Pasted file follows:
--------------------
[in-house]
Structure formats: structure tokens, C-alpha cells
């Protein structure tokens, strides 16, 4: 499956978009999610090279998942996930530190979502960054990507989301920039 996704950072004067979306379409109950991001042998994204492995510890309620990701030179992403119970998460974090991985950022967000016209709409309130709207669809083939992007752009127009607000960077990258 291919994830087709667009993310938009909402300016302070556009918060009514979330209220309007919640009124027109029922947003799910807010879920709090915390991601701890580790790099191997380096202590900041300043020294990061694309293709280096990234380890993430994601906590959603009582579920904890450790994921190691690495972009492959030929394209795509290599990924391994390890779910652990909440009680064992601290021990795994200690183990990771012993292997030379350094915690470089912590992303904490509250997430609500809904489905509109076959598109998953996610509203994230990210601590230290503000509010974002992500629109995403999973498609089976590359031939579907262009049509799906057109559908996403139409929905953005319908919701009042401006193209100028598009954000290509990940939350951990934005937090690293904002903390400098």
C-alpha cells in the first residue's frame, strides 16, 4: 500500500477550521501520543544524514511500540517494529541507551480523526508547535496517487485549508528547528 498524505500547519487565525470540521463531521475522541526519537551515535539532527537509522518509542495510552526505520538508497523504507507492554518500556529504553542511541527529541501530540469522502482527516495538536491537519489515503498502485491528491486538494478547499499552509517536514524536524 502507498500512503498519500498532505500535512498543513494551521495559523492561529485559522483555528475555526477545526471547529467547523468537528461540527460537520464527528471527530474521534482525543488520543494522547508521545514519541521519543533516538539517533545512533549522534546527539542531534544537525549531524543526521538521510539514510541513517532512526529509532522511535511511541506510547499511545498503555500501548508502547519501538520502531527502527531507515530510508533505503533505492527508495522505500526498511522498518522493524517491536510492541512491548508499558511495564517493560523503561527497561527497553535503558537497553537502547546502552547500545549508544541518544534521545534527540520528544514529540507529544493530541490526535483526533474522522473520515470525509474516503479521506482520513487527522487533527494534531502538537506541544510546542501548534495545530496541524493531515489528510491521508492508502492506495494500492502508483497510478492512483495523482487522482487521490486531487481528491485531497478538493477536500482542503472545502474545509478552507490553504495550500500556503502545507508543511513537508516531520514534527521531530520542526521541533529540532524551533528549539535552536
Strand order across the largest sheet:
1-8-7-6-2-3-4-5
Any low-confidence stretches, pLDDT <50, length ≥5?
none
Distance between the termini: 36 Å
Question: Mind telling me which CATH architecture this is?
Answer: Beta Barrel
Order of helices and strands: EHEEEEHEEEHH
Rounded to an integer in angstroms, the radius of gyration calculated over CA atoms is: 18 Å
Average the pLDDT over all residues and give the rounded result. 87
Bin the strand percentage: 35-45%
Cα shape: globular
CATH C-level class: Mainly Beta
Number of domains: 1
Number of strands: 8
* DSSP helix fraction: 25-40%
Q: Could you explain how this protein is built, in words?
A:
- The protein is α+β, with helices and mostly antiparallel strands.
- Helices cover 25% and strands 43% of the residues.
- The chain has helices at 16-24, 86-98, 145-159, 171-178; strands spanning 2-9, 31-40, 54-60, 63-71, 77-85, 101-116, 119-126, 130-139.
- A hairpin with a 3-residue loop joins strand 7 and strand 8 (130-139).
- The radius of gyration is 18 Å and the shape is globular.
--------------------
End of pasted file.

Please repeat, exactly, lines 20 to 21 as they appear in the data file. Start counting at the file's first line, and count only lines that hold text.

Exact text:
* DSSP helix fraction: 25-40%
Q: Could you explain how this protein is built, in words?